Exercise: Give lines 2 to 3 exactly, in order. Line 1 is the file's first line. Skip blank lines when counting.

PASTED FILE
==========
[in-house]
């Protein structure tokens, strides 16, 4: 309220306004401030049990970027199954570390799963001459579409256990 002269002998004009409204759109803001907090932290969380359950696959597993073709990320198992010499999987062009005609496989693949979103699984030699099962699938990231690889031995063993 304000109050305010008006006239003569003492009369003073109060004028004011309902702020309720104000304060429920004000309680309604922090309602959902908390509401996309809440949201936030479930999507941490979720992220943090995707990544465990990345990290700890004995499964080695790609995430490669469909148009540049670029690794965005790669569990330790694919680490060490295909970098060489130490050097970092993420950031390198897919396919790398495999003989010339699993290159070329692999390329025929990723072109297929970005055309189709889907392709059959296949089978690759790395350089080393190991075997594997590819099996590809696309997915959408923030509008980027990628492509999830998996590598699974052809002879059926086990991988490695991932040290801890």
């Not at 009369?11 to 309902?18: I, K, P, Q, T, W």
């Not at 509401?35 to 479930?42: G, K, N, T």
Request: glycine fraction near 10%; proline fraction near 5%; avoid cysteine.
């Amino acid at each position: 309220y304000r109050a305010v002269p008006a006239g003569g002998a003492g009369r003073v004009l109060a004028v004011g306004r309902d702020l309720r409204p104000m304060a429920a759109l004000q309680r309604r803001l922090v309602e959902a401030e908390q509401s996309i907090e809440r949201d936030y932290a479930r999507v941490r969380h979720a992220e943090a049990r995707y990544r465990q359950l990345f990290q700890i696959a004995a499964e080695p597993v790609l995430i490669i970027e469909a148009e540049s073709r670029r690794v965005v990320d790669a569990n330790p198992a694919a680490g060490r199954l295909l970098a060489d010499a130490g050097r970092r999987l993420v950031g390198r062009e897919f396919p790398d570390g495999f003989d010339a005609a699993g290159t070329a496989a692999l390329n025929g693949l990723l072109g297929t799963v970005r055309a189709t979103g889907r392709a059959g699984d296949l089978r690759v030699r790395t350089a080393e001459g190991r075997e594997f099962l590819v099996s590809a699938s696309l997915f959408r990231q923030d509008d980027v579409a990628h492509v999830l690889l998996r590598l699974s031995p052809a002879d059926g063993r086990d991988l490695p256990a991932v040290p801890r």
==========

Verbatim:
């Protein structure tokens, strides 16, 4: 309220306004401030049990970027199954570390799963001459579409256990 002269002998004009409204759109803001907090932290969380359950696959597993073709990320198992010499999987062009005609496989693949979103699984030699099962699938990231690889031995063993 304000109050305010008006006239003569003492009369003073109060004028004011309902702020309720104000304060429920004000309680309604922090309602959902908390509401996309809440949201936030479930999507941490979720992220943090995707990544465990990345990290700890004995499964080695790609995430490669469909148009540049670029690794965005790669569990330790694919680490060490295909970098060489130490050097970092993420950031390198897919396919790398495999003989010339699993290159070329692999390329025929990723072109297929970005055309189709889907392709059959296949089978690759790395350089080393190991075997594997590819099996590809696309997915959408923030509008980027990628492509999830998996590598699974052809002879059926086990991988490695991932040290801890």
């Not at 009369?11 to 309902?18: I, K, P, Q, T, W």